Framework plans to reduce minimum investments in proposed REIT fund to reach first-time retail investors


By Steve Gelsi

The Horizon Framework Fund should be registered as a 40 Act fund for individual investors to participate in the private real estate market

Fintech Company Focused on Real Estate Investing, Cadre, Launches Cadre Horizon Fund with Minimum Investments as Low as Approximately $1,000 When Registered with the Securities and Exchange Commission as an Investment Fund real estate (REIT), MarketWatch has learned.

Benefiting from the crowdfunding regulations established in the 2012 JOBS law as well as its proprietary technology platform, the Horizon Framework Fund is expected to be registered in 2023 as a Law 40 real estate investment fund. of Act 40 refers to joint investment vehicles by an investment company registered under the Investment Companies Act 1940.

The fund is currently available to qualified investors. Once registered as a REIT, it will also be open to non-accredited investors.

Approximately 50% of the Horizon Framework Fund will focus on multi-family apartments to provide stable, dividend-like returns. It is a sector that has performed well in the upswings and downswings. The fund will be combined with investments in warehouses and industrial space for storage, with potential opportunities emerging later in hotels.

“It will be more of a defensive income strategy, like a micro-cap real estate portfolio with the ability to invest in a platform normally reserved for larger institutions,” said Ryan Williams, founder and executive chairman of Cadre.

The relatively accessible minimum investment level of $1,000 in the new Horizon Framework Fund marks a departure for most private equity firms, and even for Framework, which had a minimum of $25,000 on its first flagship fund in direct access.

A veteran of Goldman Sachs Group Inc. (GS) and Blackstone Group Inc. (BX), Williams started the firm in 2014 hoping to provide access to unaccredited Main Street investors, not just people living in Beverly Hills. or on Central Park West.

“I founded the company because I wanted more people to have a better financial future, and I wanted to democratize multigenerational wealth creation,” Williams told MarketWatch. “I grew up renting apartments. It was a pipe dream – a wild aspiration – to even own real estate. Going into these big institutions, I realized there was a whole ecosystem of real estate investments controlled by a small group of people… who made a lot of money.”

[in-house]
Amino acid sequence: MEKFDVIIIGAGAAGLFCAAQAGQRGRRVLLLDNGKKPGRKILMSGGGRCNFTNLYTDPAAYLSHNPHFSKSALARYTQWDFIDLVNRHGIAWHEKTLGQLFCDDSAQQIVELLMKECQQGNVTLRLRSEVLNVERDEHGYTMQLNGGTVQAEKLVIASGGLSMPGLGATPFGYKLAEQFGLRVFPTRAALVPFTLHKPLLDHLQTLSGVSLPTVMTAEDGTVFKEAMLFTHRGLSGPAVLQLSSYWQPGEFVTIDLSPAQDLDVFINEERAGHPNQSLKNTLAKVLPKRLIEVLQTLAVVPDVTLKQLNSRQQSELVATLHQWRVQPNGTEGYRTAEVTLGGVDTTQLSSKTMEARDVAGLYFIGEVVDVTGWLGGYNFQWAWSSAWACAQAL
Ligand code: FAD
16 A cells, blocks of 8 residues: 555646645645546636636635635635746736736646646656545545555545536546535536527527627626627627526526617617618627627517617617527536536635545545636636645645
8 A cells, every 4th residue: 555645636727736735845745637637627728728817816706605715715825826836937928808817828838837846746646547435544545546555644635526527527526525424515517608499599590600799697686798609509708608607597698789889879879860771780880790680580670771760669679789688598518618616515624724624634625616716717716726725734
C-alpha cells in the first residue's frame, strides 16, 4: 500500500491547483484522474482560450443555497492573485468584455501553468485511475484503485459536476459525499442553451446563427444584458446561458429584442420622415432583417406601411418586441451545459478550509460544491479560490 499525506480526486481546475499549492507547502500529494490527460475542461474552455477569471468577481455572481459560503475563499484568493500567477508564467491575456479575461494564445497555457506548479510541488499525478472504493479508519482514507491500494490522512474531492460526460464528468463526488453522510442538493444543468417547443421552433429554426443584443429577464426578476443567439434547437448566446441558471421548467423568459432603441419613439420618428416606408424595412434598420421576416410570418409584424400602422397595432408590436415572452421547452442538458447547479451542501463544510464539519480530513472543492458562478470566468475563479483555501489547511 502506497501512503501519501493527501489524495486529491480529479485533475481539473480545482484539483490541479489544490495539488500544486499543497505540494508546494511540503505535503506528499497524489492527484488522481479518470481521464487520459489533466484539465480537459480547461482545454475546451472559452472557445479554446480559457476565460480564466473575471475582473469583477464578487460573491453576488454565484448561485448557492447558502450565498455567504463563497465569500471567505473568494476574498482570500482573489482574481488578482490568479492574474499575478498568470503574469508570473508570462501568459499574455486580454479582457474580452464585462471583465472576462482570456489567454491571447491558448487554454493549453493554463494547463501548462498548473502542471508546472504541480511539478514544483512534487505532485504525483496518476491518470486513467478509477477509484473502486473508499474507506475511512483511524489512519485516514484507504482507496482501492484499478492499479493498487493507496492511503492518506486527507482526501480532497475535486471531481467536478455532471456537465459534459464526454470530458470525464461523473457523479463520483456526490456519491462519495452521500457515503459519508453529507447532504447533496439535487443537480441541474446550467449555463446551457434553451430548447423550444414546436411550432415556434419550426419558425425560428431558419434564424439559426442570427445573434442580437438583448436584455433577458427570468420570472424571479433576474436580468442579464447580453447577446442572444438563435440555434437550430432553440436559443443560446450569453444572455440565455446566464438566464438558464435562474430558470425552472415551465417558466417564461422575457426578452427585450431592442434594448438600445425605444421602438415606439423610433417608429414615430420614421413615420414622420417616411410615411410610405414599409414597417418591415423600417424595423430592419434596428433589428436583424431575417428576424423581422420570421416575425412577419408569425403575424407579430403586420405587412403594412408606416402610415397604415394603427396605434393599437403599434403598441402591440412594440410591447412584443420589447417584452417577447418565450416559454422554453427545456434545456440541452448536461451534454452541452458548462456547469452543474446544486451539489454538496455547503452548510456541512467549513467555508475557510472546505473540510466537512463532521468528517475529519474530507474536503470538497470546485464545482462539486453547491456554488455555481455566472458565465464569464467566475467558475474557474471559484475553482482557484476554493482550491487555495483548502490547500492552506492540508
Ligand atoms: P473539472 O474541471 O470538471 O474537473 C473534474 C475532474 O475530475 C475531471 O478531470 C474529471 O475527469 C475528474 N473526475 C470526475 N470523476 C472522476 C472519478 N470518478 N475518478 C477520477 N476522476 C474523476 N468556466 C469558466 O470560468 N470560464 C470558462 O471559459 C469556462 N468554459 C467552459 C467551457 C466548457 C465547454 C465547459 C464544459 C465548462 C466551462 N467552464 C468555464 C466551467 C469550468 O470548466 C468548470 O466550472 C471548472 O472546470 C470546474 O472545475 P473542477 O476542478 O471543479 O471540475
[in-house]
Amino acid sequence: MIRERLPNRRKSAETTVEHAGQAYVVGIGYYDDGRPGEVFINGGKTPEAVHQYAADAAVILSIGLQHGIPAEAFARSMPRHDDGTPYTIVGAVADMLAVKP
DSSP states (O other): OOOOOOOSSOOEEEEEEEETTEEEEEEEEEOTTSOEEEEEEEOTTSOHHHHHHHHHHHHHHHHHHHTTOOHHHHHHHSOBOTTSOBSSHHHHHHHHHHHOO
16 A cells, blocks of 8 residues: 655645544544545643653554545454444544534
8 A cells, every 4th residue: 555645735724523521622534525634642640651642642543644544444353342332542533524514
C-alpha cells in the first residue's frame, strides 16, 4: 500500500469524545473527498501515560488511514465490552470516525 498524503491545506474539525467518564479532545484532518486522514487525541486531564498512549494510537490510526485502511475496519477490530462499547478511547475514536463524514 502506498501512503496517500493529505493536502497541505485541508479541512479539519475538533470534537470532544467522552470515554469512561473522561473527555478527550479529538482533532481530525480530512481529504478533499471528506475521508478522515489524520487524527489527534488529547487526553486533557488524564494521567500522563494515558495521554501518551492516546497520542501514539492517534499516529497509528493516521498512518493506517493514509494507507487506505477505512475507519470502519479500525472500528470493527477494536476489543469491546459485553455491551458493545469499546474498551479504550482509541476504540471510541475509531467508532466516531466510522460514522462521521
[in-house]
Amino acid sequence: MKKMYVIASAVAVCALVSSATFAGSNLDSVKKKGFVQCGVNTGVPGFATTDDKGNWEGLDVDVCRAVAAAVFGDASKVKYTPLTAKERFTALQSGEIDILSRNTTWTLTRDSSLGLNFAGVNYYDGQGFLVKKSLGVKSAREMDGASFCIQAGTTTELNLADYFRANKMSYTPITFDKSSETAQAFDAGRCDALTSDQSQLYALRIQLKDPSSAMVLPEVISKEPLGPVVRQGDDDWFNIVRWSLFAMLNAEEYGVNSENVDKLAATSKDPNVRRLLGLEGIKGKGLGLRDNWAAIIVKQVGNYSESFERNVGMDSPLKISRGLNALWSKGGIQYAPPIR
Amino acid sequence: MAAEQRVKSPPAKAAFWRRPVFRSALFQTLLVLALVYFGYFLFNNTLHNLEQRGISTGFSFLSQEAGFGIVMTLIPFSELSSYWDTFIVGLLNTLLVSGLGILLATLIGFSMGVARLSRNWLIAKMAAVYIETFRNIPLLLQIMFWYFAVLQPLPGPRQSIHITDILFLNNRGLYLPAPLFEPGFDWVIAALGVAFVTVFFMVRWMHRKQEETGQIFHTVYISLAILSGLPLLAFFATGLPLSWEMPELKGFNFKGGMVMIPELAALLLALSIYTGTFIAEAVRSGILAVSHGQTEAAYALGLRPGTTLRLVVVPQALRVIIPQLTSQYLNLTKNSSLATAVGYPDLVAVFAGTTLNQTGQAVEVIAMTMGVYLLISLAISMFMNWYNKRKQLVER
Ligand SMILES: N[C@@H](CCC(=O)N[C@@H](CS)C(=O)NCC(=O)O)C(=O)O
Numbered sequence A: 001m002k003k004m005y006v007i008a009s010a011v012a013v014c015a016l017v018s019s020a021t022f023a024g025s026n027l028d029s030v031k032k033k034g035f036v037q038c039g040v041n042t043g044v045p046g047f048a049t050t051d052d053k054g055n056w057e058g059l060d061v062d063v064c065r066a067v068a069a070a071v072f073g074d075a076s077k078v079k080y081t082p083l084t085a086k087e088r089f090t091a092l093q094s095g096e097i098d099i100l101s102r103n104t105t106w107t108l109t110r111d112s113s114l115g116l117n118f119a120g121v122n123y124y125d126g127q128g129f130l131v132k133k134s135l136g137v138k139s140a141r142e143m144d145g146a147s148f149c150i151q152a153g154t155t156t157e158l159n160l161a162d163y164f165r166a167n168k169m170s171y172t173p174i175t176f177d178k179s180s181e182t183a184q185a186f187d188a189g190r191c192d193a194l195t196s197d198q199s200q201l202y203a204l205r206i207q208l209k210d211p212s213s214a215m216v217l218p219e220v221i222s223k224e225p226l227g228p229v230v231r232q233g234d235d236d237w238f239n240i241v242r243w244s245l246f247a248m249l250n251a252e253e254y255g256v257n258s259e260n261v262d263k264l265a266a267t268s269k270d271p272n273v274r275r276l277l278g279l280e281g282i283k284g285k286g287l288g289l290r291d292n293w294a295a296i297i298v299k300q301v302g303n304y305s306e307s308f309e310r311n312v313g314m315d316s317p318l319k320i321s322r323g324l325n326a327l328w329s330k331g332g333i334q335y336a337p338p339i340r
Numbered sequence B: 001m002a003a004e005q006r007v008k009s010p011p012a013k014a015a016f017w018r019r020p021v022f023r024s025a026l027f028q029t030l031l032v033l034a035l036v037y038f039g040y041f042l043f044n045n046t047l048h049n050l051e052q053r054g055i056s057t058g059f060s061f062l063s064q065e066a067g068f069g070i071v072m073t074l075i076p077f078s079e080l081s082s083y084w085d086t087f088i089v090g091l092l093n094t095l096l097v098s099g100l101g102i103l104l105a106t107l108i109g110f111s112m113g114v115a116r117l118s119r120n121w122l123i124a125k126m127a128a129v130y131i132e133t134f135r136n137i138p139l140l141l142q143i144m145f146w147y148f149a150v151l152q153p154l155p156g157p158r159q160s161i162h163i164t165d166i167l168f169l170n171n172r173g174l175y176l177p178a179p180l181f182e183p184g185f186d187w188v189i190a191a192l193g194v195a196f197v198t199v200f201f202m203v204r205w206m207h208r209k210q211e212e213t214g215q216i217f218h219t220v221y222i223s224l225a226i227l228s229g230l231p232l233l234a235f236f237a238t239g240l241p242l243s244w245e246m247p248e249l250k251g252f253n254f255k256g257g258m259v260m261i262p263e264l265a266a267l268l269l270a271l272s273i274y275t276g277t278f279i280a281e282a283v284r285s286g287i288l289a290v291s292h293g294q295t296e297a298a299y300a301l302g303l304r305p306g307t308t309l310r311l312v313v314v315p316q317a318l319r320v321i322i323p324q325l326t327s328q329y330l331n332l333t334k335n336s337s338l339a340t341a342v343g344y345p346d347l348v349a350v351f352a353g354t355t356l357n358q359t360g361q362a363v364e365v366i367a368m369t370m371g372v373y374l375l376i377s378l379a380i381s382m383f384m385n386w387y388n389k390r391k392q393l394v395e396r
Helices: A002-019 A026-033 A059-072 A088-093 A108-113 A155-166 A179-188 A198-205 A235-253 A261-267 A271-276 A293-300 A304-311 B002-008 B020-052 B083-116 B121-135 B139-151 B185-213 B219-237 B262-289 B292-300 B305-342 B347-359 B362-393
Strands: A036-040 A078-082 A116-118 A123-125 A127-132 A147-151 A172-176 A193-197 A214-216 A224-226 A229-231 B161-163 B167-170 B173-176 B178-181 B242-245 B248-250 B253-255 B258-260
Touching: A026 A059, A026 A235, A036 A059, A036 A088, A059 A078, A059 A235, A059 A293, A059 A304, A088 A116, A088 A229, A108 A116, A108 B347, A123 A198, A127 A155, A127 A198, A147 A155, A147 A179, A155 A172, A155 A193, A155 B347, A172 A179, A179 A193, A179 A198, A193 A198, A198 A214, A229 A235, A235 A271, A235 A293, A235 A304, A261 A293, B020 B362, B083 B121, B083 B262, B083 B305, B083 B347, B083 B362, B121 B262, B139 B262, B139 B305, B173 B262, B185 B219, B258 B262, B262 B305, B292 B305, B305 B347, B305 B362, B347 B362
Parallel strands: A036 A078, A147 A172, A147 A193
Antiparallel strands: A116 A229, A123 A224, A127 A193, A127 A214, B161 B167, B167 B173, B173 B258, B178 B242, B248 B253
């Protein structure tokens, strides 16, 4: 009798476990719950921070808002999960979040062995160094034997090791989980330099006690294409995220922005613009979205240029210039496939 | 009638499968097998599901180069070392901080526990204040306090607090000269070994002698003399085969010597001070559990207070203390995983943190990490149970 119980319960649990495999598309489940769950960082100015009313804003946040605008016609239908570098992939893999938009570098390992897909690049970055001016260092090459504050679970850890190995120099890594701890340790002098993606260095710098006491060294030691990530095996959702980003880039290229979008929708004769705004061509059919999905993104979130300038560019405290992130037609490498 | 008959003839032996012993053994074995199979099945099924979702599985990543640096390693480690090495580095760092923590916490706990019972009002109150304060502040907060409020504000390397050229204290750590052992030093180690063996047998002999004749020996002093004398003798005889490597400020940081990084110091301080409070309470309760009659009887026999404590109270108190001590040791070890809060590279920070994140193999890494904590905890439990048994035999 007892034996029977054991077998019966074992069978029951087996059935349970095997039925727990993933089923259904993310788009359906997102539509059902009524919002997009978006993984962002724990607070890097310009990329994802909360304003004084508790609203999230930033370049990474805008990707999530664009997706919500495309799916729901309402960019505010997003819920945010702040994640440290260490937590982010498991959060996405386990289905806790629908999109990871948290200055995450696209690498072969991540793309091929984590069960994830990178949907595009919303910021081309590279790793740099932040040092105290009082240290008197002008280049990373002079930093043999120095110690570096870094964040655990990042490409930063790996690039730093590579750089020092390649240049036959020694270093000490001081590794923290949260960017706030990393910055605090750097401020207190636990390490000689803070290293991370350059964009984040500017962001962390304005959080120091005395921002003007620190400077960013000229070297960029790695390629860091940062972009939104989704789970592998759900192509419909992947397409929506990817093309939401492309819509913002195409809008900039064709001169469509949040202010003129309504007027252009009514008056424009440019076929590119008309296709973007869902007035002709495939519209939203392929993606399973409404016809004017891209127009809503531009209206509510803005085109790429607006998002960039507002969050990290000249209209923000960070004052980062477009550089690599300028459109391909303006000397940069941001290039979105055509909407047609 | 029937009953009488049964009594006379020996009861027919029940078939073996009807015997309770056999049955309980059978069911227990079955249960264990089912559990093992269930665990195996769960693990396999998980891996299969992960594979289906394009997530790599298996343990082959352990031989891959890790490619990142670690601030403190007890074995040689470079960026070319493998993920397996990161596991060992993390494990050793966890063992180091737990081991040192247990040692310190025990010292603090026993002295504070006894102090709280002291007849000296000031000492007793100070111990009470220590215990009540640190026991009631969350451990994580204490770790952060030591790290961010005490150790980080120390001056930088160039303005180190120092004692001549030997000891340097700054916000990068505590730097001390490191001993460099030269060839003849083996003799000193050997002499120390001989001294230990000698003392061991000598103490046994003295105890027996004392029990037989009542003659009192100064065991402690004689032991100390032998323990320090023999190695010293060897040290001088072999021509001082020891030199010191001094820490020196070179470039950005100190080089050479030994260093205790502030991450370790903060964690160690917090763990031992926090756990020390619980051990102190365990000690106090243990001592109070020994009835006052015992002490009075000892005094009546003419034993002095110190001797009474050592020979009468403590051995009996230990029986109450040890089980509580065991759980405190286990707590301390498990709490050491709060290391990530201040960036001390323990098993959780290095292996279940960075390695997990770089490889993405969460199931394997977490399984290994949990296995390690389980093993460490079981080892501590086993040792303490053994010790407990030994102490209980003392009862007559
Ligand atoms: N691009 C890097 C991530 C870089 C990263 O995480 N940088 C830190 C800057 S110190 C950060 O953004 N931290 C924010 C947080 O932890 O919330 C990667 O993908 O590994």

Also read: Real estate investor Cadre scores strong exit in sale of two properties

Admittedly, the cadre fund is not free.

As a registered REIT, Horizon Framework Fund’s cost structure for investors would include an initial fee of up to 3.25%, plus a management fee of 2.1%.

The vehicle is set up to issue 1099 tax returns to its investors, instead of the heavier K-1 partnership tax returns with typical private equity funds.

The Framework Horizon Fund comes after Framework closed its first fund, the flagship direct access fund, which attracted around $300 million in investments from institutions such as Harvard University, as well as high net worth individuals.

The direct access fund had a minimum investment of $25,000, which made it more accessible than many other private equity vehicles. But William has always wanted to lower the fund’s minimum so that people in his hometown of Baton Rouge, Louisiana can also participate in the asset class.

“While working at Goldman and Blackstone, I thought I could continue to make wealthy people richer, or I could build a platform that leveled the playing field and allowed less wealthy people to have those opportunities as well. “Williams said. “You don’t need to be in the insider ecosystem.”

Real estate is less volatile than stocks and generates returns comparable to public stocks.

At last check, Cadre has processed about $5 billion in transactions since 2015, with a historical rate of return of 27.5%, as of July 13 this year, according to the company’s website. Over the past seven years, he has completed 49 transactions in 25 markets.

Also Read: ‘They Broke Barriers’: On Wall Street, New Biggest Private Equity Firms Are Led by Black and Latino Billionaires and People of Color

-Steve Gelsi


(END) Dow Jones Newswire

10-13-22 1144ET

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